Time For Sex Education In Schools – Post Covid
2 mins read

Time For Sex Education In Schools – Post Covid

Uganda hit the highest teenage pregnancy rate in East Africa in 2022. According to UNICEF the pregnancy rate is at 25%. The misfortune of that, is a good number are teenagers of the age range 13 to 19 years of age. Alot has emerged regarding parents detachment from disciplining their children and it was clear during COVID lockdowns; many parents yearned for schools to open instead of taking the opportunity to get close and mentor their children.

Mentoring the children during the prolonged holiday did not happen. Instead more than ever children were exposed to sexual engagements. For girls and some boys – tokens of appreciation were the bait used. The outcome is many girls dropping out of school and some boys who had to take responsibility or experience sexual ruin.

However, the emergence of a sexually active group of children returned to school. The current scenario is an outbreak of unguided sexual acts in schools. Some teacher too, are party to this outbreak given the fact that they have a leading spot on the list of defilers. Meanwhile back at home incest emerged as well during Covid, and has continued to feature post Covid.

Fathers, Uncles and even siblings are involved in acts of defilement alongside the house helps. This leaves the Uganda child in limbo and dire need of guidance as well as psychosocial support. Amidst the triad of potential sexual abuse or initiations by adults at home, in school and even in the community.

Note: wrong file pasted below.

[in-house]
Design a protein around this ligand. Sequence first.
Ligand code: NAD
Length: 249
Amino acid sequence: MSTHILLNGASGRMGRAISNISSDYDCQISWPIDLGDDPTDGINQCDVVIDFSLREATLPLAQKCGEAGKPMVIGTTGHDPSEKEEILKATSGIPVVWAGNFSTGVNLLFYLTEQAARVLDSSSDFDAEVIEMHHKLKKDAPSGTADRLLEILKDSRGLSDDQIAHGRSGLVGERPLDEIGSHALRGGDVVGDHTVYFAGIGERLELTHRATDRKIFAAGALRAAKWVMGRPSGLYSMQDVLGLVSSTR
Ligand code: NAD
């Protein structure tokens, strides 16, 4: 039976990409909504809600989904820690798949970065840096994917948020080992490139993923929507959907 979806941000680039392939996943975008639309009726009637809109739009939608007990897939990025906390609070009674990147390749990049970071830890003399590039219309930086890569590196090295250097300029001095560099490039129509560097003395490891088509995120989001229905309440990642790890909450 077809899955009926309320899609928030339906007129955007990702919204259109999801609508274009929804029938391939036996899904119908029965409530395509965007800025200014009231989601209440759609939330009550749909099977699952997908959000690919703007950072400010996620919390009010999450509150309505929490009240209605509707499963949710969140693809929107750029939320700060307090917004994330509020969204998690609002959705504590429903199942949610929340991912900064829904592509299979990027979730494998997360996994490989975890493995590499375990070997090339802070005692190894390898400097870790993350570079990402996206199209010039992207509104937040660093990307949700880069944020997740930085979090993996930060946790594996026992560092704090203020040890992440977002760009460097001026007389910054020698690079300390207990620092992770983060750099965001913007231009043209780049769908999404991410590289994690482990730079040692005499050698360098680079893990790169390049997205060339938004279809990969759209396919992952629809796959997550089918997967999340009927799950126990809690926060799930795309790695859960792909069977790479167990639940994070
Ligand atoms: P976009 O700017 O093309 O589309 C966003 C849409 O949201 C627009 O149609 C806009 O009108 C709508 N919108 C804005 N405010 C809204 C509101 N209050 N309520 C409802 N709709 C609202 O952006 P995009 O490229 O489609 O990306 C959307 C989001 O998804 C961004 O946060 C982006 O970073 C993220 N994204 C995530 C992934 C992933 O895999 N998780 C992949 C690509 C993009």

Traditionally sex education was left to aunties and uncles as well as age sets initiations. It was a taboo to talk about sex. Today sex is on the internet, on phones, in the media and even in cartoons presented on television; children have not been left behind in the flow of soft and hard pornography.

The silence about sex and its consequences therefore is a curse in itself as children are led into the act without clarity of the doom it may hold for their future. Science Classes and Biology classes are not enough to clarify on the pros and cons of sex. These classes barely touch the ovulation lust or the male wet quest; they mostly discuss the reproductive organs. If there is a better time to talk to the children more deeply – it would be now.